Friday, December 30, 2011

Community Dialog on the Occupy Movement

This fall the Anchorage Public Library was approached by a representative from Alaska Common Ground. Their organization had a grant to start a series of community dialogs and were hoping to partner with the library. And so with the added partner of the University of Alaska Cooperative Extension Service, Let's Talk Alaska was born.

Here I am going to quote our formal introduction:
Let's Talk Anchorage is a joint program of the Anchorage Public Libraries, Alaska Common Ground, and the UAF Cooperative Extension Service. Our vision is a community of citizens who gather easily and often for public dialogue or deliberation on timely topics. LTA can help plan, publicize, and facilitate public gatherings that are welcoming, stimulating, and satisfying.

Our first dialog posed a very simple question: What is the Occupy movement? Without the library or Let's Talk Anchorage taking a stand for or against it, we convened to discuss. The worldwide occupy movement is extremely timely, garners lots of media attention, and has brought their issues to the forefront of our national conversation. Despite all this, there are still many of us (myself included) without a very clear idea of what the Occupy movement is, who they are, what they want, etc. As this event was planned, promoted, and presented I heard over and over again that people wanted to know more. Hey! That's our business as a library! We can do that! And so we did, but we didn't do it alone. We did it with a committee of volunteers, the Let's Talk Anchorage group, facilitators, and others who all pitched in.

This is getting wordy. Let me get down to technical details.

Program Structure
Date: Saturday December 17th; Time: 1pm to 4pm

Set up: 12 tables scattered "randomly" around the room for a World Cafe set up (that is a specific type of facilitated dialog). It turns out I'm not good at setting up tables randomly, I like to line them up in neat rows. Drink table with water, lemonade, coffee, hot water and tea. (I could not keep up with the coffee demands with two 12 cup coffee pots.) Snack table with cookies, crackers, cheese, and mini-oranges. (Snacks and drinks provided by the aforementioned grant money.) The participant tables were covered in butcher paper and participants were provided with markers for writing. (We also had flowers at each table, a very nice touch.)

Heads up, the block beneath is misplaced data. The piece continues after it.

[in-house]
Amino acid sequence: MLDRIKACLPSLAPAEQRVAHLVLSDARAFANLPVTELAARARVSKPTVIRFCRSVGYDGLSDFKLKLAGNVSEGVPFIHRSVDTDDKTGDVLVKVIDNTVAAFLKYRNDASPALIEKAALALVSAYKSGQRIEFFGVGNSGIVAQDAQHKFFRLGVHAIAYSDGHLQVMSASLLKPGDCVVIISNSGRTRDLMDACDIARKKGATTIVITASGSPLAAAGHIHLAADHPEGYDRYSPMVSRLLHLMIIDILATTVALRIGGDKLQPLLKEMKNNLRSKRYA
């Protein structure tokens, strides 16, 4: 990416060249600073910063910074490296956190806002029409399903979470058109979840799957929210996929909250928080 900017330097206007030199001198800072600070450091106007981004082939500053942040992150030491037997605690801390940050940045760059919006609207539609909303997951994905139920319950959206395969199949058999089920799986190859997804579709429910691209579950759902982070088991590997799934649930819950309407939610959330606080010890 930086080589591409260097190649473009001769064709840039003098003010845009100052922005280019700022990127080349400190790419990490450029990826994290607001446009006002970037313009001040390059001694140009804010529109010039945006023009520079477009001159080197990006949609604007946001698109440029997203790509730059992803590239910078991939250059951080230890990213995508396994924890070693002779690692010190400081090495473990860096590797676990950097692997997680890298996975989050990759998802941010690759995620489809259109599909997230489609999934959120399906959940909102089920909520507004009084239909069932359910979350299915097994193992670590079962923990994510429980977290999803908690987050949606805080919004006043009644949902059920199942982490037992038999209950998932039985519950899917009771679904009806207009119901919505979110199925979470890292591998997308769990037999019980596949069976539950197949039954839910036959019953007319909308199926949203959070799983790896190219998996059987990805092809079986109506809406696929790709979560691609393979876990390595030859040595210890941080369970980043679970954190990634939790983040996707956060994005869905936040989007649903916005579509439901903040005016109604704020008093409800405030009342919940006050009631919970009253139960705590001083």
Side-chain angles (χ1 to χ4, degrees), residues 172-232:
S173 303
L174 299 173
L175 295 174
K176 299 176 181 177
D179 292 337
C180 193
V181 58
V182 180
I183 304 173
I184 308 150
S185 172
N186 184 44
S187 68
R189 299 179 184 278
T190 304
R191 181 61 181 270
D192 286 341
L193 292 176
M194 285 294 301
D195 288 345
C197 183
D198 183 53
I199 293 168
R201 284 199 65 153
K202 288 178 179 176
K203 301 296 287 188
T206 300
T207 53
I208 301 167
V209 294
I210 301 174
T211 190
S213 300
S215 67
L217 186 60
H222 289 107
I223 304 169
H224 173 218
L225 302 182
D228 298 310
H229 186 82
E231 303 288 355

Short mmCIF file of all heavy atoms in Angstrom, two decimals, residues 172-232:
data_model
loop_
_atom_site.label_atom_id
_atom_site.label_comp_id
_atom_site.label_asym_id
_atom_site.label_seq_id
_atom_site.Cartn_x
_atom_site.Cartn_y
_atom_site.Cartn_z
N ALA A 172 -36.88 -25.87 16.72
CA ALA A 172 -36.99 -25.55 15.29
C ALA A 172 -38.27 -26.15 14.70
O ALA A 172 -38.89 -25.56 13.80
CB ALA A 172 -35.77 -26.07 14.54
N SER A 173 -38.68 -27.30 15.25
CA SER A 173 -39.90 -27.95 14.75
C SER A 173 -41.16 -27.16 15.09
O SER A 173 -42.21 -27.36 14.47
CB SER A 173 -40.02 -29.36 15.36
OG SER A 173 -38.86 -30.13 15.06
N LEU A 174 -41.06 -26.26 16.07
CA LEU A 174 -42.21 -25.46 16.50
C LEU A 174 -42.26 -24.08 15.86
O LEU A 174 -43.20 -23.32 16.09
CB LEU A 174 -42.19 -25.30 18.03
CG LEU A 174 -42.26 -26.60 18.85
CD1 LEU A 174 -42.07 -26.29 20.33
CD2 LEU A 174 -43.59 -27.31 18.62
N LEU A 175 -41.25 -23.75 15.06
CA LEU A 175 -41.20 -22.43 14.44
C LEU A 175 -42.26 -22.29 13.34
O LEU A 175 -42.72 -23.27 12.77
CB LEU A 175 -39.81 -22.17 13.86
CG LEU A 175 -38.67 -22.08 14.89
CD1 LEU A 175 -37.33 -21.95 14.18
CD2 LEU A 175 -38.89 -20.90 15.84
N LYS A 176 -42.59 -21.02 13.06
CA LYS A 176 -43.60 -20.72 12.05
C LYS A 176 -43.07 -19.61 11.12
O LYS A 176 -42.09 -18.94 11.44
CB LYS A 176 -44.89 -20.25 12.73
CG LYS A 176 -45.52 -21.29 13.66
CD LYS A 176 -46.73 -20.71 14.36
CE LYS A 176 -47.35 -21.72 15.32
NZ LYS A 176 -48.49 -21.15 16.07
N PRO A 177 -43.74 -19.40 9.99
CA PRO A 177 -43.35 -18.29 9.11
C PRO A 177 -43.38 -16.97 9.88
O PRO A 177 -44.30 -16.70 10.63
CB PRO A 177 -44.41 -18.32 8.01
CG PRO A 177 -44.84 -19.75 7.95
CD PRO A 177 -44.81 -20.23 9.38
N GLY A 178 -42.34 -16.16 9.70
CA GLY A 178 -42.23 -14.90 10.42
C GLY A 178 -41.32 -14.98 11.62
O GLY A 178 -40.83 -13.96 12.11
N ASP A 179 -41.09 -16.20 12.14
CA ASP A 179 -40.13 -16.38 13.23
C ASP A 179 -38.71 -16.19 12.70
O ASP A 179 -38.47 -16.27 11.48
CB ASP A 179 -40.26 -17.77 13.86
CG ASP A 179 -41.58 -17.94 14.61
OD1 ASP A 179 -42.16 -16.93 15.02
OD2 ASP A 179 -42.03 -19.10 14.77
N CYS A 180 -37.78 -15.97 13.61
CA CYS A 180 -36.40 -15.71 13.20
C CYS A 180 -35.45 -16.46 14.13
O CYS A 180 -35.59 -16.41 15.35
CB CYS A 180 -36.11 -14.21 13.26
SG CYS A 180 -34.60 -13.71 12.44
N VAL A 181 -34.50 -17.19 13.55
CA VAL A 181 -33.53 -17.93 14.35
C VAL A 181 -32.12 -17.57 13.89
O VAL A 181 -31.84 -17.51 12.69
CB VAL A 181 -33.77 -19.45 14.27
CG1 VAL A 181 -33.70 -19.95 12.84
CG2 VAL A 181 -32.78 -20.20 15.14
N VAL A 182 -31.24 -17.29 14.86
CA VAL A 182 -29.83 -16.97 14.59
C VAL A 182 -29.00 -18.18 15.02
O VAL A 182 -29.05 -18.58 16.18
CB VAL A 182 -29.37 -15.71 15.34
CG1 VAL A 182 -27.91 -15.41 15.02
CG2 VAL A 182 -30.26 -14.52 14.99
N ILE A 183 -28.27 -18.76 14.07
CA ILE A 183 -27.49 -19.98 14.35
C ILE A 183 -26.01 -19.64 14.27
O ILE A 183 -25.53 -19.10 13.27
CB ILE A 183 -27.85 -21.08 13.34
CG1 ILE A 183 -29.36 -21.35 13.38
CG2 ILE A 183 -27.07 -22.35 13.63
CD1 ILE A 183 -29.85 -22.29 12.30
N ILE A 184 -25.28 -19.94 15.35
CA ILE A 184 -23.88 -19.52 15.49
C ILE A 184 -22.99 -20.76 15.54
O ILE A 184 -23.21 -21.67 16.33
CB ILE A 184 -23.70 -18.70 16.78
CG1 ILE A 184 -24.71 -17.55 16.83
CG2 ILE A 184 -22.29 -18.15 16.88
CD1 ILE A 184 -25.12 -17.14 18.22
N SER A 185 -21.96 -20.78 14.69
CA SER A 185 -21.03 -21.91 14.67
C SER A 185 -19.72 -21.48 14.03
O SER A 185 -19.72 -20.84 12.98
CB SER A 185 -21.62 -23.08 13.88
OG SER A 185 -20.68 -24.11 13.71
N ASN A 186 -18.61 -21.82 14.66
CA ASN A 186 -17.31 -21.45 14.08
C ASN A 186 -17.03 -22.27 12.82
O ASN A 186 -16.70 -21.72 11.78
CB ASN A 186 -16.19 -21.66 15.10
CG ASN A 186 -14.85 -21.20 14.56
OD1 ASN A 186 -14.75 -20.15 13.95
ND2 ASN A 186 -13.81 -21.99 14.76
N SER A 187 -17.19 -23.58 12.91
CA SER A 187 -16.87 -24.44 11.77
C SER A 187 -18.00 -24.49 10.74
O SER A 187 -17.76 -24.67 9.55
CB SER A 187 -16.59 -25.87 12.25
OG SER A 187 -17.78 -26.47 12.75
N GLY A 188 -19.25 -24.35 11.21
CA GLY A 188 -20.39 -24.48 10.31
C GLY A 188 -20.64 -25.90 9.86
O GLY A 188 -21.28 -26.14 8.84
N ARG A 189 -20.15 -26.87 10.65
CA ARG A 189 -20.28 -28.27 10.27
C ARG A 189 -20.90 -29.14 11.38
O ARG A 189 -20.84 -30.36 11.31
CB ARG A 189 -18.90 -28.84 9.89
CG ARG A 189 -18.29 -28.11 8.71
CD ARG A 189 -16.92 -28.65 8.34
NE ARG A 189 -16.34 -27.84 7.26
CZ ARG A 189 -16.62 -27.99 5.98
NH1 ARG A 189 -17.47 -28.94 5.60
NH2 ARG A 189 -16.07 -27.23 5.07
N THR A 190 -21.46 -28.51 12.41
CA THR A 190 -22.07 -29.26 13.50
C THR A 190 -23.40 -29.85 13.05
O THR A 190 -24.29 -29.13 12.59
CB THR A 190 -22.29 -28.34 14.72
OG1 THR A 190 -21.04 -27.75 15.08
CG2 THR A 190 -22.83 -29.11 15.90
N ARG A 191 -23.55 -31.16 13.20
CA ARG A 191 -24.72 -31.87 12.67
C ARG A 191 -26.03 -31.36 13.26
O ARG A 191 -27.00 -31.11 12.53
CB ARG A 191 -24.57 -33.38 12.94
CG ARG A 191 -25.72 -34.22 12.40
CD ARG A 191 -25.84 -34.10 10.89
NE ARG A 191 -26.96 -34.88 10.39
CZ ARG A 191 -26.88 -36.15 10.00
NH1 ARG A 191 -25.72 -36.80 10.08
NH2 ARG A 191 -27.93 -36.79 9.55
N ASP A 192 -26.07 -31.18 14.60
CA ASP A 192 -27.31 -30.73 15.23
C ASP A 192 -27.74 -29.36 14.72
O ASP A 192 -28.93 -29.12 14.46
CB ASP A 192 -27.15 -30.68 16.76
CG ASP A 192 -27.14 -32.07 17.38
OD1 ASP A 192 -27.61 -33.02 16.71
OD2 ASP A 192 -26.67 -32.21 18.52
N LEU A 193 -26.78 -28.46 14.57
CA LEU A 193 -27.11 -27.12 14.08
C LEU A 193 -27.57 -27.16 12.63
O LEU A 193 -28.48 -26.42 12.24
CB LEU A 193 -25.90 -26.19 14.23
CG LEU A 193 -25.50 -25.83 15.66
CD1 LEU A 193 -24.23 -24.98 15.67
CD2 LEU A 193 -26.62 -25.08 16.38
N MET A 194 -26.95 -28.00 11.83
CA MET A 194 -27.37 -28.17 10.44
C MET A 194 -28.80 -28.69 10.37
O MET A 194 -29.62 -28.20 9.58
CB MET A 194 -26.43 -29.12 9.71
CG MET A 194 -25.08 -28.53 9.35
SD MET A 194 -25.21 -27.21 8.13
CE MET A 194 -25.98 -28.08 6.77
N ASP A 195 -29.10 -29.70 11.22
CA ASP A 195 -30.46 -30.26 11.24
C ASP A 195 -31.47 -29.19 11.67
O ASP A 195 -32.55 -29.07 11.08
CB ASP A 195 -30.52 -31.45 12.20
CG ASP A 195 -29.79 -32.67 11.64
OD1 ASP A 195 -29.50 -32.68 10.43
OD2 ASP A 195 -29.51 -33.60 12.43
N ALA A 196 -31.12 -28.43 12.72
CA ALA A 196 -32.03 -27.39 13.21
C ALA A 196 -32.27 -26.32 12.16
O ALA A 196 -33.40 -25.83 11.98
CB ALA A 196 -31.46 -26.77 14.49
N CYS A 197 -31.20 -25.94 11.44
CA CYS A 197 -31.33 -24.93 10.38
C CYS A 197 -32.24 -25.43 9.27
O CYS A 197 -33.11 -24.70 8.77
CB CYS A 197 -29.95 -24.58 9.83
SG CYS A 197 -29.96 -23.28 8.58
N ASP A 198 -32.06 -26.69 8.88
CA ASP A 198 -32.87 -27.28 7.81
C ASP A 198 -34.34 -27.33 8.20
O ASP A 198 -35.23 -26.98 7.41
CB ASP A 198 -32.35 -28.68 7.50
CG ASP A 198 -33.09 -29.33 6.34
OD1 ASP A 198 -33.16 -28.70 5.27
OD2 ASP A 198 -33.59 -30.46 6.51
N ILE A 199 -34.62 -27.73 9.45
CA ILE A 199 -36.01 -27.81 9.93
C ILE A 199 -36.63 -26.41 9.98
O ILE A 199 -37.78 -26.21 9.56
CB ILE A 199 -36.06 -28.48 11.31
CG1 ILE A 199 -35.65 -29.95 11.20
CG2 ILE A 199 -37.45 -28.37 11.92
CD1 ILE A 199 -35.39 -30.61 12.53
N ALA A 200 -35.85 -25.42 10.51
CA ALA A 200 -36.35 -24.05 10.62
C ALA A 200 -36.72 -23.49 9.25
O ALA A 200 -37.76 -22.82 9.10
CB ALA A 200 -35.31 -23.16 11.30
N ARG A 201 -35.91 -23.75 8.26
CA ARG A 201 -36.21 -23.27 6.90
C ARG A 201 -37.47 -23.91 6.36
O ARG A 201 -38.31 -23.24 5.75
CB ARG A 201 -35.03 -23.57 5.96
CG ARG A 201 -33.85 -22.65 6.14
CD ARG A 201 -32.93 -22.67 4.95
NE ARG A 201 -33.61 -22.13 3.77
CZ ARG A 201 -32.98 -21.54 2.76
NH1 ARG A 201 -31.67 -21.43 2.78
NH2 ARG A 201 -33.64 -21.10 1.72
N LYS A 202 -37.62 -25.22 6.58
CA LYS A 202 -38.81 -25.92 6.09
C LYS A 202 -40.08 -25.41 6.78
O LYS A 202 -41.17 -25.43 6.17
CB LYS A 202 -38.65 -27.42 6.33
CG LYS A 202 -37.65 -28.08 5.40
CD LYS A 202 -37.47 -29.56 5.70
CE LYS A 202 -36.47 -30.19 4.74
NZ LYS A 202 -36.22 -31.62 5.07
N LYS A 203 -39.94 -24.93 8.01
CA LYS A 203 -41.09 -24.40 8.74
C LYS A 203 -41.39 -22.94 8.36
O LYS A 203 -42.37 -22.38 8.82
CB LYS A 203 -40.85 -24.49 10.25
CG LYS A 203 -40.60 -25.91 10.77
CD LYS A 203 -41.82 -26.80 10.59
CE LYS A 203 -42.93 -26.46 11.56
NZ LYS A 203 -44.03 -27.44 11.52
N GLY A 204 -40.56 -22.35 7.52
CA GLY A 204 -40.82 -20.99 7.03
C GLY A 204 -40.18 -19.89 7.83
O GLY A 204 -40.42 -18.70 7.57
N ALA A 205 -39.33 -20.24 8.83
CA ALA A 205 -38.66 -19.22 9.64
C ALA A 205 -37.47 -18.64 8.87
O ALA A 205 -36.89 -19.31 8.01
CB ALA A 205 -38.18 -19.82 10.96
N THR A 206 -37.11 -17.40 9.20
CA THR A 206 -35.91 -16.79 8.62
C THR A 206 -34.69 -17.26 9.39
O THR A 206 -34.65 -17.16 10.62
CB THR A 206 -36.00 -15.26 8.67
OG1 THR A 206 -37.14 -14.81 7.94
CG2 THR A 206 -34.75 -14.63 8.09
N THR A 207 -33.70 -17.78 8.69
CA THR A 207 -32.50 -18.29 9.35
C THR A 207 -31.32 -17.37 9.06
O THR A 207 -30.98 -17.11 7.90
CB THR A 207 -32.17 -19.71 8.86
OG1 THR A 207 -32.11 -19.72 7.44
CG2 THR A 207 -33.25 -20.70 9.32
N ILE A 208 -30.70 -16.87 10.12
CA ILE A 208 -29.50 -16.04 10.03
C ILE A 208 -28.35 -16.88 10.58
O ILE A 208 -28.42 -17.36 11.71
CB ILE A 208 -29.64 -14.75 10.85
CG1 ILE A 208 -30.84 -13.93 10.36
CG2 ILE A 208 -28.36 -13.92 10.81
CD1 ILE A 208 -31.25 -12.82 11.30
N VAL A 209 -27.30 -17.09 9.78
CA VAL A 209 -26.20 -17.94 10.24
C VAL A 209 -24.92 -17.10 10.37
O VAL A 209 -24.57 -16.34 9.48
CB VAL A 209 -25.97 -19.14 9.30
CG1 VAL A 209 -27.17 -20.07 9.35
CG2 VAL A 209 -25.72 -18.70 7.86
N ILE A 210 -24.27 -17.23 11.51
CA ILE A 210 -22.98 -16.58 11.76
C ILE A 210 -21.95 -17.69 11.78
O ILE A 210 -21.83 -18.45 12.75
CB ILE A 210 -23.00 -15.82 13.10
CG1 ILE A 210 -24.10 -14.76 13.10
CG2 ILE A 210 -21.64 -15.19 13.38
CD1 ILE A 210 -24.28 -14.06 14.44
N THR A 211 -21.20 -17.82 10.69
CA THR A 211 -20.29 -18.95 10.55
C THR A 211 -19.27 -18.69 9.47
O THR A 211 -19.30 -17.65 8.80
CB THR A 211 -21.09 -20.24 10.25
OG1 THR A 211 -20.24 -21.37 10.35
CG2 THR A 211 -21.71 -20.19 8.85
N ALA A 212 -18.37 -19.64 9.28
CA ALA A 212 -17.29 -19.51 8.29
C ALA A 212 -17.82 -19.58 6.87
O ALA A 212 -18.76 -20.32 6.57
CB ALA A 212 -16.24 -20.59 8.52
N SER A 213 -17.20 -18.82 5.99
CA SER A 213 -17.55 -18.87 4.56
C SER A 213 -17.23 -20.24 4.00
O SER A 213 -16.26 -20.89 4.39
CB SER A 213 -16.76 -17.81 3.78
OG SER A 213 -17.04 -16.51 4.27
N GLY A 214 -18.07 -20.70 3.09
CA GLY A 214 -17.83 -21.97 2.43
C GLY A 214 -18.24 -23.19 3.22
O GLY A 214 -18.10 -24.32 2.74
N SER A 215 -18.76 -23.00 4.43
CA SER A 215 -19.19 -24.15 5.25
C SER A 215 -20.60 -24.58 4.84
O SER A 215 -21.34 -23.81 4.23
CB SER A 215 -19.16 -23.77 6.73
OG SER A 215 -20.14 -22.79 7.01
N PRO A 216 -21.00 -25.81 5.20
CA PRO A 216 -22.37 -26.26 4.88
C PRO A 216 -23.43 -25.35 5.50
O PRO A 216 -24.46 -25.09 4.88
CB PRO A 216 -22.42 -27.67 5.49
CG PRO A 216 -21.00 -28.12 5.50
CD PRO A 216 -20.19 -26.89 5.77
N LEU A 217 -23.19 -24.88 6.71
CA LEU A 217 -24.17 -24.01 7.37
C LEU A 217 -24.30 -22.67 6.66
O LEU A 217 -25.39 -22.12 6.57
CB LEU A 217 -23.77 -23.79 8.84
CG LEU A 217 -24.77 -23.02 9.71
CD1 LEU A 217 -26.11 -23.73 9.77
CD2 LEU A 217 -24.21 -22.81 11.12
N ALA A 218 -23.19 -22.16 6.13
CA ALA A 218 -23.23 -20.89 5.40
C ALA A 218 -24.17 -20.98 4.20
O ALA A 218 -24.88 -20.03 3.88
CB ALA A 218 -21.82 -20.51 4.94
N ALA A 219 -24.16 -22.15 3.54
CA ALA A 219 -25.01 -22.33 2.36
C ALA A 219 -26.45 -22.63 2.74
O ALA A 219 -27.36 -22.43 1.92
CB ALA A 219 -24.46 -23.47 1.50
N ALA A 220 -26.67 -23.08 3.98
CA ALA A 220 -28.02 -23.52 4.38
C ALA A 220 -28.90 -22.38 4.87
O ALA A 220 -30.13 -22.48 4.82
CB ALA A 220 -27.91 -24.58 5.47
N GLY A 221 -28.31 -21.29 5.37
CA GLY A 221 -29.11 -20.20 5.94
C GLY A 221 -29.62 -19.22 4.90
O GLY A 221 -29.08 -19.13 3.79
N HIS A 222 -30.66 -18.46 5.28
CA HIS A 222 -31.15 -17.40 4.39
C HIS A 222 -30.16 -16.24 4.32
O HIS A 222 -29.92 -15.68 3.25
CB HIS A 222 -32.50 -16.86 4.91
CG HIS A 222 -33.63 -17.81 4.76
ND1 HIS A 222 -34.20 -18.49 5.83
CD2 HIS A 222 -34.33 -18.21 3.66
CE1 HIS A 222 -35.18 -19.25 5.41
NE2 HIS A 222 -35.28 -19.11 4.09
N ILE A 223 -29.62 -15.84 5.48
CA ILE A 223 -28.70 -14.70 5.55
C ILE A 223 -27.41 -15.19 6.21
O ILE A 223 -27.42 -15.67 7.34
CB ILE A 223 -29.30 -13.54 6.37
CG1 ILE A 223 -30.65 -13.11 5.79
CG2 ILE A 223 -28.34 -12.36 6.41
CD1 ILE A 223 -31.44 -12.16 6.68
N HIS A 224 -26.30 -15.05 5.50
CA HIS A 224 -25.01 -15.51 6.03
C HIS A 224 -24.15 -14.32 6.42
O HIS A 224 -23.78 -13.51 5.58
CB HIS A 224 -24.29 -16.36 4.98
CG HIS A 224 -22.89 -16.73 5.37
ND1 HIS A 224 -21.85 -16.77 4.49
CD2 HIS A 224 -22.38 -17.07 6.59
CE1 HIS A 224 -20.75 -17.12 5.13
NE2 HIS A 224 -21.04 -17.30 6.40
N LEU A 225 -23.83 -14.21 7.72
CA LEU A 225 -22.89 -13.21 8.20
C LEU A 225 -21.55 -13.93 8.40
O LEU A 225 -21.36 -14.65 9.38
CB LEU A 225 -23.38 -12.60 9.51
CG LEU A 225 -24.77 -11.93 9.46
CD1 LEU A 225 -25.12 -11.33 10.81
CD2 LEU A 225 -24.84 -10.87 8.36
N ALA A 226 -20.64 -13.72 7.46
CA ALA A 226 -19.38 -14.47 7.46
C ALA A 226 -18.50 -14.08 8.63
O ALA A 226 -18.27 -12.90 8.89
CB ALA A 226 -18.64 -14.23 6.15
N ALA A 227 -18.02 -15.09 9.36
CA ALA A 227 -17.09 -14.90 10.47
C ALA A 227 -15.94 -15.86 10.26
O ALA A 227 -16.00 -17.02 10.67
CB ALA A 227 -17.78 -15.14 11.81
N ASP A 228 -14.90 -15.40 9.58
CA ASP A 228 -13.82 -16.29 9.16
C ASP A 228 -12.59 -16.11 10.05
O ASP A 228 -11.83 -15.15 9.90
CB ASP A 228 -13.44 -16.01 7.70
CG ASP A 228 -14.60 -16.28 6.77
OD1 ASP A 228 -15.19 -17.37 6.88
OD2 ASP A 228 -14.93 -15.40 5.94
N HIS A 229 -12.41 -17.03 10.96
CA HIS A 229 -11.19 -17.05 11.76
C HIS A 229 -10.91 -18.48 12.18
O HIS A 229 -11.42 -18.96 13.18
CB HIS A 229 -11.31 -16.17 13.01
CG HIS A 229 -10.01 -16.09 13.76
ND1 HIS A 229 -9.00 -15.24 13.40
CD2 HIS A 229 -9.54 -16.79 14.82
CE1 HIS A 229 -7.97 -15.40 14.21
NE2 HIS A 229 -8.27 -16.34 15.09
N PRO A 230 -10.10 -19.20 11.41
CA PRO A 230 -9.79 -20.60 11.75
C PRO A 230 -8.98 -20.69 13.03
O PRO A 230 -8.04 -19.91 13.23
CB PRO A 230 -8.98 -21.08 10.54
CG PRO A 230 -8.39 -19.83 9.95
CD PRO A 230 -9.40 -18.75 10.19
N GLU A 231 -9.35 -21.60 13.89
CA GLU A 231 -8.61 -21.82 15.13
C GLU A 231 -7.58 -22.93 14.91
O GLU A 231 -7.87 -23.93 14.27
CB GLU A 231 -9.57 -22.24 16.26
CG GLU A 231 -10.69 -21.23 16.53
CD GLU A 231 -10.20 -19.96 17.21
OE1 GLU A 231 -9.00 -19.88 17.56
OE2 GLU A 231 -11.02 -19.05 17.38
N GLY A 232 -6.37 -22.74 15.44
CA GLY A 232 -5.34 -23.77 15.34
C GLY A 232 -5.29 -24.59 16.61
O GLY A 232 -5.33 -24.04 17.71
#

The idea of World Cafe is that there is no "front" of the room, but we did have a video screen down to show a short film. We begun with quick introductions. The first film was a collection of clips about the Occupy movement edited together as an introduction. Then various members of the Occupy Anchorage group stood up and talked about why they were involved in Occupy Anchorage.

Then a break, an introduction to the World Cafe format and we broke into small group discussions. Each table had a facilitator and ideally 4 to 5 participants. For each 20 minute discussion time period a different question was posed. The facilitator was not there for their own opinions but to keep things civil, flowing, and prevent filibusters.

We framed the discussion around three questions. At the end of each 20 minute period, all the participants got up and moved to a new table for the next question discussion. (Facilitators stayed put). The idea was to find an entirely new table of people to talk to, to mix and remix the participants.

Our three questions:
What about this movement resonates with me?
What about this movement confuses or concerns me?
What do I want to explore and/or discuss more?

Then there was another break and an opportunity for group reflections and a closing.

We had about a two week lead time (or slightly less) for advertising this. I didn't know what to expect. We put out tables for 50, crossed our fingers and hoped for the best. 48 people came! They were primarily Occupy movement supporters (even if not involved in the project) and self-proclaimed "liberals", but we had a legislator and a legislative candidate (Republican nonetheless) come as well.

The evaluation forms were overwhelmingly positive as were the comments I received directly from participants. People were very glad we had the program and excited about the possibility of more. From a library point of view, we were thrilled with the turn out and response of the participants. From the Let's Talk Anchorage point of view, we were thrilled as well.

Overall the entire project was a win. Where there things we learned? Yes. Will we do things differently? Yes. But that is true of every program. We proved civic dialogs will work in our community, there is a market for them. The library has a great reputation as a neutral space and is the perfect venue for this type of community conversation. And such a conversation perfectly aligns with the library's mission to facilitate information transfer. I look forward to working further with Let's Talk Anchorage and hosting more community conversations at our various locations.

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